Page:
Let’s start in 2004 with District B:13.

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In the not too distant future of 2010 (remember this movie was made in 2004), the French government constructs a wall around a particularly violent ghetto, District 13. Three years later, most government run buildings and organizations, including the police, have disappeared from the ghetto leaving the people to fend for themselves. Leïto (David Belle) is a “criminal” from the ghetto who spends his days fighting against the gangs that run the city. When he finally gets mixed up with drug lord Taha (Bibi Naceri), his sister is taken and turned into an addict. Leïto soon meets police officer Damien (Cyril Raffaelli), who has a mission to infiltrate Taha’s gang to procure a neutron bomb that belongs to the government, but is set to go off within 24 hours. Taha wants the bomb, Leïto wants his sister back, and Damien wants to complete his mission, so the two team up to bring Taha’s reign of terror to an end and save Banlieue 13 from certain destruction.

This movie is, in my definition, a perfect action film. It’s fast, over the top, and well edited and shot. The parkour scenes flow together very smoothly thanks to Pierre Morel’s direction and steady hand behind the camera. The film editing also works with the kinetic movement of the characters and the narrative, jumping from scene to scene with chaotic precision. The stunts were also all choreographed by one of the costars, Cyril Raffaelli, and his work is out of this world. Not only are the action scenes some of the most unique martial arts you’ll see, but the parkour literally seems to defy gravity at times. There’s so much to look at and laugh in amazement.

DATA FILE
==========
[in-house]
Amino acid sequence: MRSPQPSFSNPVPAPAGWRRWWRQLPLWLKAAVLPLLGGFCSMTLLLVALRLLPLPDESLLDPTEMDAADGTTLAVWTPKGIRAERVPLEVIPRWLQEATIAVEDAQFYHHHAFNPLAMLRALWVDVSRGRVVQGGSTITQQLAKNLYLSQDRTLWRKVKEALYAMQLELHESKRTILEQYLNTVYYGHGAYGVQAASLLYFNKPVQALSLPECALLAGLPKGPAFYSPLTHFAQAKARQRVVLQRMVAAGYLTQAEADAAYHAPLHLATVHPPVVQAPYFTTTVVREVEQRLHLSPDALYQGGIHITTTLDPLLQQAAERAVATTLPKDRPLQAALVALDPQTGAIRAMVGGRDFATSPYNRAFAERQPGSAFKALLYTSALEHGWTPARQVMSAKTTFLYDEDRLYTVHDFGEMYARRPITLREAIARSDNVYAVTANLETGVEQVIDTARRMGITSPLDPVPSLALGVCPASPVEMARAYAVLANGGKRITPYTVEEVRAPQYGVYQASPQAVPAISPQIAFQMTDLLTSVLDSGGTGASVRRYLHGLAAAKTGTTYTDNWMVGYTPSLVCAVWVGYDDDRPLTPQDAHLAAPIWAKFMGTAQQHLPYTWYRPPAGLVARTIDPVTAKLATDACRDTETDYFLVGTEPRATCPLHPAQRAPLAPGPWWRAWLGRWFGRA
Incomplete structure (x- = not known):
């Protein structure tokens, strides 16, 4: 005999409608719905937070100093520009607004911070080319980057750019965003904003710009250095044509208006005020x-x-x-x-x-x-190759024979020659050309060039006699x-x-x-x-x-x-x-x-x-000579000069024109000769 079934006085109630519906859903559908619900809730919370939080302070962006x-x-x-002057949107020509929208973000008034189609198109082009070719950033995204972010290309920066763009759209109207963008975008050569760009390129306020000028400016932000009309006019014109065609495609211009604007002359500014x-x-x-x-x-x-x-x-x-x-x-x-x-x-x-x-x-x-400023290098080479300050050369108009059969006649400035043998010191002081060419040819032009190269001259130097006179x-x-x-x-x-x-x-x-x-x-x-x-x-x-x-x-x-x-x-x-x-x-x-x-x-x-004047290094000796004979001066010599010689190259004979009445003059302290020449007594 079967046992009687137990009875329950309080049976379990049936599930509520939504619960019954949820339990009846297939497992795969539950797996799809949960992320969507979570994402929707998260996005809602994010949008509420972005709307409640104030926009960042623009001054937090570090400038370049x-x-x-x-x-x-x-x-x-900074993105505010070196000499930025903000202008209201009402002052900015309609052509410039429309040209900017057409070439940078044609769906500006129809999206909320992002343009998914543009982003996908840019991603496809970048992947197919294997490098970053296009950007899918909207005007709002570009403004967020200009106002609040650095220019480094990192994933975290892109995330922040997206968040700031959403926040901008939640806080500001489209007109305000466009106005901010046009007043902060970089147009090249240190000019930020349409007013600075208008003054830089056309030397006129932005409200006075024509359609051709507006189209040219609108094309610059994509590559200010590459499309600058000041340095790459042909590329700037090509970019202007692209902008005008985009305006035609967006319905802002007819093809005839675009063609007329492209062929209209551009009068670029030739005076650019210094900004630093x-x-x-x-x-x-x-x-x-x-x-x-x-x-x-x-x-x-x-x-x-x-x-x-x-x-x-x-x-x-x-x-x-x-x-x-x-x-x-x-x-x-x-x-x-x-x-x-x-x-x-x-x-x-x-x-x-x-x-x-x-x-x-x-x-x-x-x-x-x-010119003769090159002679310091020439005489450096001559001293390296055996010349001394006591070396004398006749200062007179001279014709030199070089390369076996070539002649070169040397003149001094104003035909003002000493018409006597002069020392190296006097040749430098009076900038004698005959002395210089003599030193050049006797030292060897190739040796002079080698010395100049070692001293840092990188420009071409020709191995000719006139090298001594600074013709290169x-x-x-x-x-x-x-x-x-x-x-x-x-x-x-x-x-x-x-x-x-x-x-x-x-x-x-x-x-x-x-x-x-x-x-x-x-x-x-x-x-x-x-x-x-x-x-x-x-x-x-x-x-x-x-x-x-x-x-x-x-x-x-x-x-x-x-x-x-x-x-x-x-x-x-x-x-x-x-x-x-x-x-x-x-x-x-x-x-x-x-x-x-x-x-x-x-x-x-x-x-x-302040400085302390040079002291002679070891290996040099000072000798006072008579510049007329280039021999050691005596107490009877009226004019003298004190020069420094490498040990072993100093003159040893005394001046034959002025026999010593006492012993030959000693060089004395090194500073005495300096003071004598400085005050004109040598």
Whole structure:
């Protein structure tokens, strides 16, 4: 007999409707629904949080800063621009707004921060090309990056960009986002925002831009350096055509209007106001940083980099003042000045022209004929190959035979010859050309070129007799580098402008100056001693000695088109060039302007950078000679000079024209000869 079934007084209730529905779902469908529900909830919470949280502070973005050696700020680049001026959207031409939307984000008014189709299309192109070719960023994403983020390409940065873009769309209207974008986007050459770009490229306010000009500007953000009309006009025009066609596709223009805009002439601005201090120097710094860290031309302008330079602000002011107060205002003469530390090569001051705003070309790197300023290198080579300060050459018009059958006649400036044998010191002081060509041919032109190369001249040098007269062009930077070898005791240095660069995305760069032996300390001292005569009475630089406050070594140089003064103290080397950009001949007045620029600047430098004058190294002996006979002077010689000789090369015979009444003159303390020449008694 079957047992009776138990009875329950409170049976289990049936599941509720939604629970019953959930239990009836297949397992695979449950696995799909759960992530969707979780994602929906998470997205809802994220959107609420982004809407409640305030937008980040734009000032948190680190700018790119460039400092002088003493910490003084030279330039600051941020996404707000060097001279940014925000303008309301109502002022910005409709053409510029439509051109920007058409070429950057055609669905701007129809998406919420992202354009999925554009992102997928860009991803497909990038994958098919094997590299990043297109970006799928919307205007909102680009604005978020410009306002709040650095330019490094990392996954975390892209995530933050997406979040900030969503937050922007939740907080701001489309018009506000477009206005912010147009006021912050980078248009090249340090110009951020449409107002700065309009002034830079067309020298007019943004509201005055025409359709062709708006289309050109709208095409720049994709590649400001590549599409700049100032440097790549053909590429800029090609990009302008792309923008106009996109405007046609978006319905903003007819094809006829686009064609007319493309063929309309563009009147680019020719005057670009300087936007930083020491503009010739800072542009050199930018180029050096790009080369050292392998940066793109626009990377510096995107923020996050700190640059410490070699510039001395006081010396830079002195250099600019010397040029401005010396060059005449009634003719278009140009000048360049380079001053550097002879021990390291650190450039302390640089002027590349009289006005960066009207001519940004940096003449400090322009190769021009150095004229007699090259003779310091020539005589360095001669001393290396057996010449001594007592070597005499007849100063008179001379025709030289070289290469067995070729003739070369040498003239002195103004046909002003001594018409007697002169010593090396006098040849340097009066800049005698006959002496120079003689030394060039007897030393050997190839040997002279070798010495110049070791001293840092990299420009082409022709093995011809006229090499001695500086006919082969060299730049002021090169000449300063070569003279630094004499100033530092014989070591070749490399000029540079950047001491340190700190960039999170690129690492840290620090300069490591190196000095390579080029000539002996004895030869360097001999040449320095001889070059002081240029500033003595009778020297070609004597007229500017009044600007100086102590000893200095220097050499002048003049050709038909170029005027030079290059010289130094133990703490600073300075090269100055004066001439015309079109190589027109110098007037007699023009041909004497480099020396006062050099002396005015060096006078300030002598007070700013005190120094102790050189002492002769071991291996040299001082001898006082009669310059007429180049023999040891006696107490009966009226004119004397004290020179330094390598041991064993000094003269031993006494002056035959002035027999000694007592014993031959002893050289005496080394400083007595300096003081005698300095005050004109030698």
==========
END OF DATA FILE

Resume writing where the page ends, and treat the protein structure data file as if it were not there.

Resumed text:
District B:13 pretty much has everything you’d want in an action movie. I’ve heard complaints that the story is pretty weak, and I’d have to agree that it does have a very weak story. Let’s be honest though, I wanted to watch this movie for the action and the stuntwork and some cool cinematography. That’s exactly what I got, and the story is passable with a pretty strong message at the end. This is a movie I’ll be sure to watch over and over again.

In 2009, District 13: Ultimatum was released, which reinforces the theory of “if it ain’t broke, don’t fix it.”